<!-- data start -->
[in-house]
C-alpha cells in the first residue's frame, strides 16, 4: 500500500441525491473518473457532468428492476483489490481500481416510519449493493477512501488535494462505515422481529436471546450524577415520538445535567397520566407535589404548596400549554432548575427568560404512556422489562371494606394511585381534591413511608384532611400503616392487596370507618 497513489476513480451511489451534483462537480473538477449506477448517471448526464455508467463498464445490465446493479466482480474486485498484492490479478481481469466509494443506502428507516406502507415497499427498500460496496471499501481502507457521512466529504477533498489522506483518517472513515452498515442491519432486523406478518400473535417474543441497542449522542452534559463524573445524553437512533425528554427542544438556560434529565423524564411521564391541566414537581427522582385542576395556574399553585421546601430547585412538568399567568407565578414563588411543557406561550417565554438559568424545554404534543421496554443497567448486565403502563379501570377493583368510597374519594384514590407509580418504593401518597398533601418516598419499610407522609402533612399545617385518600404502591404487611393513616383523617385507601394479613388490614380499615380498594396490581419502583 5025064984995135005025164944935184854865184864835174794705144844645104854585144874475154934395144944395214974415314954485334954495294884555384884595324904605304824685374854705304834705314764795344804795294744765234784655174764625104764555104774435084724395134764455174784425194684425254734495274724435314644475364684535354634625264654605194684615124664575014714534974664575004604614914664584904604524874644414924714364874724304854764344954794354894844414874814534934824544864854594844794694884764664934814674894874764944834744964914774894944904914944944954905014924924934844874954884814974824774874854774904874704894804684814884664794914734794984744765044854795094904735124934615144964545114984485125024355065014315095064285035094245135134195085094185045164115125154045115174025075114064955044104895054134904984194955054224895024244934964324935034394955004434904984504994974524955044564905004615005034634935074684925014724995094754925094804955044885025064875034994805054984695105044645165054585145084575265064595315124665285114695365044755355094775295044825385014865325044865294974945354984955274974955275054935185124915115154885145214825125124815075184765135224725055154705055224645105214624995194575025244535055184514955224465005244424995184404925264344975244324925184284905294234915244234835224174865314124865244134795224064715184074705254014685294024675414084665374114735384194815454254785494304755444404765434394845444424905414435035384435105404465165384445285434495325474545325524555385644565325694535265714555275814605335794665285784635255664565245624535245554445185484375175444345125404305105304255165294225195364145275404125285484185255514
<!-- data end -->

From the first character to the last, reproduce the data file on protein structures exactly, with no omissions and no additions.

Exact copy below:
[in-house]
C-alpha cells in the first residue's frame, strides 16, 4: 500500500441525491473518473457532468428492476483489490481500481416510519449493493477512501488535494462505515422481529436471546450524577415520538445535567397520566407535589404548596400549554432548575427568560404512556422489562371494606394511585381534591413511608384532611400503616392487596370507618 497513489476513480451511489451534483462537480473538477449506477448517471448526464455508467463498464445490465446493479466482480474486485498484492490479478481481469466509494443506502428507516406502507415497499427498500460496496471499501481502507457521512466529504477533498489522506483518517472513515452498515442491519432486523406478518400473535417474543441497542449522542452534559463524573445524553437512533425528554427542544438556560434529565423524564411521564391541566414537581427522582385542576395556574399553585421546601430547585412538568399567568407565578414563588411543557406561550417565554438559568424545554404534543421496554443497567448486565403502563379501570377493583368510597374519594384514590407509580418504593401518597398533601418516598419499610407522609402533612399545617385518600404502591404487611393513616383523617385507601394479613388490614380499615380498594396490581419502583 5025064984995135005025164944935184854865184864835174794705144844645104854585144874475154934395144944395214974415314954485334954495294884555384884595324904605304824685374854705304834705314764795344804795294744765234784655174764625104764555104774435084724395134764455174784425194684425254734495274724435314644475364684535354634625264654605194684615124664575014714534974664575004604614914664584904604524874644414924714364874724304854764344954794354894844414874814534934824544864854594844794694884764664934814674894874764944834744964914774894944904914944944954905014924924934844874954884814974824774874854774904874704894804684814884664794914734794984744765044854795094904735124934615144964545114984485125024355065014315095064285035094245135134195085094185045164115125154045115174025075114064955044104895054134904984194955054224895024244934964324935034394955004434904984504994974524955044564905004615005034634935074684925014724995094754925094804955044885025064875034994805054984695105044645165054585145084575265064595315124665285114695365044755355094775295044825385014865325044865294974945354984955274974955275054935185124915115154885145214825125124815075184765135224725055154705055224645105214624995194575025244535055184514955224465005244424995184404925264344975244324925184284905294234915244234835224174865314124865244134795224064715184074705254014685294024675414084665374114735384194815454254785494304755444404765434394845444424905414435035384435105404465165384445285434495325474545325524555385644565325694535265714555275814605335794665285784635255664565245624535245554445185484375175444345125404305105304255165294225195364145275404125285484185255514